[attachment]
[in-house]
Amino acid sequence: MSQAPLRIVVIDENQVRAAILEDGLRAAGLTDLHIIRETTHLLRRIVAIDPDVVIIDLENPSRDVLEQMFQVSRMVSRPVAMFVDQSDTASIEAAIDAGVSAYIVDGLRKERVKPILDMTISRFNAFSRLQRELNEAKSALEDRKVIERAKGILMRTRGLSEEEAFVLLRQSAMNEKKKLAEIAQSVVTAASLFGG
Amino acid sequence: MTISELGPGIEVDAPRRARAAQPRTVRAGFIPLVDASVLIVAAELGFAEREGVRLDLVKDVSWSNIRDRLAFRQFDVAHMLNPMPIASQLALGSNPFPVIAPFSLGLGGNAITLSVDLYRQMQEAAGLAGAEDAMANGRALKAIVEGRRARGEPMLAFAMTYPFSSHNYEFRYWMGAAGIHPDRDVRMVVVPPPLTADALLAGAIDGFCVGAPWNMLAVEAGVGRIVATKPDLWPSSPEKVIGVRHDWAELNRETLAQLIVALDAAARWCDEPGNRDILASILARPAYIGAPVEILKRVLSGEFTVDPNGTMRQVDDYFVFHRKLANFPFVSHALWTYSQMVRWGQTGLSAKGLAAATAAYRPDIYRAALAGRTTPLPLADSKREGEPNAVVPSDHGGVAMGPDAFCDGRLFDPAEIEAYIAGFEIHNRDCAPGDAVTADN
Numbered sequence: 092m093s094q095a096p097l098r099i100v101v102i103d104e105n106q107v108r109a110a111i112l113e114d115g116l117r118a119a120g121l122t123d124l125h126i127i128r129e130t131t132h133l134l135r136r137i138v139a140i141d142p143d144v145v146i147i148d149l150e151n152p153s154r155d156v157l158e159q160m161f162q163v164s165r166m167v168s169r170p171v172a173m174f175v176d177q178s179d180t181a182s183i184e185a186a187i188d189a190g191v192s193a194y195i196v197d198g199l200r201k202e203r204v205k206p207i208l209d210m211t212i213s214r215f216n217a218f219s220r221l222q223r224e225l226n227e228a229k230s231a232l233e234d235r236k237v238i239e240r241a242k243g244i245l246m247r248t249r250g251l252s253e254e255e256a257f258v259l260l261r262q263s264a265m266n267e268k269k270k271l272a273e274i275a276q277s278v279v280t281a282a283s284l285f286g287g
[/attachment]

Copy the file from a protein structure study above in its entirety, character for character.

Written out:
[in-house]
Amino acid sequence: MSQAPLRIVVIDENQVRAAILEDGLRAAGLTDLHIIRETTHLLRRIVAIDPDVVIIDLENPSRDVLEQMFQVSRMVSRPVAMFVDQSDTASIEAAIDAGVSAYIVDGLRKERVKPILDMTISRFNAFSRLQRELNEAKSALEDRKVIERAKGILMRTRGLSEEEAFVLLRQSAMNEKKKLAEIAQSVVTAASLFGG
Amino acid sequence: MTISELGPGIEVDAPRRARAAQPRTVRAGFIPLVDASVLIVAAELGFAEREGVRLDLVKDVSWSNIRDRLAFRQFDVAHMLNPMPIASQLALGSNPFPVIAPFSLGLGGNAITLSVDLYRQMQEAAGLAGAEDAMANGRALKAIVEGRRARGEPMLAFAMTYPFSSHNYEFRYWMGAAGIHPDRDVRMVVVPPPLTADALLAGAIDGFCVGAPWNMLAVEAGVGRIVATKPDLWPSSPEKVIGVRHDWAELNRETLAQLIVALDAAARWCDEPGNRDILASILARPAYIGAPVEILKRVLSGEFTVDPNGTMRQVDDYFVFHRKLANFPFVSHALWTYSQMVRWGQTGLSAKGLAAATAAYRPDIYRAALAGRTTPLPLADSKREGEPNAVVPSDHGGVAMGPDAFCDGRLFDPAEIEAYIAGFEIHNRDCAPGDAVTADN
Numbered sequence: 092m093s094q095a096p097l098r099i100v101v102i103d104e105n106q107v108r109a110a111i112l113e114d115g116l117r118a119a120g121l122t123d124l125h126i127i128r129e130t131t132h133l134l135r136r137i138v139a140i141d142p143d144v145v146i147i148d149l150e151n152p153s154r155d156v157l158e159q160m161f162q163v164s165r166m167v168s169r170p171v172a173m174f175v176d177q178s179d180t181a182s183i184e185a186a187i188d189a190g191v192s193a194y195i196v197d198g199l200r201k202e203r204v205k206p207i208l209d210m211t212i213s214r215f216n217a218f219s220r221l222q223r224e225l226n227e228a229k230s231a232l233e234d235r236k237v238i239e240r241a242k243g244i245l246m247r248t249r250g251l252s253e254e255e256a257f258v259l260l261r262q263s264a265m266n267e268k269k270k271l272a273e274i275a276q277s278v279v280t281a282a283s284l285f286g287g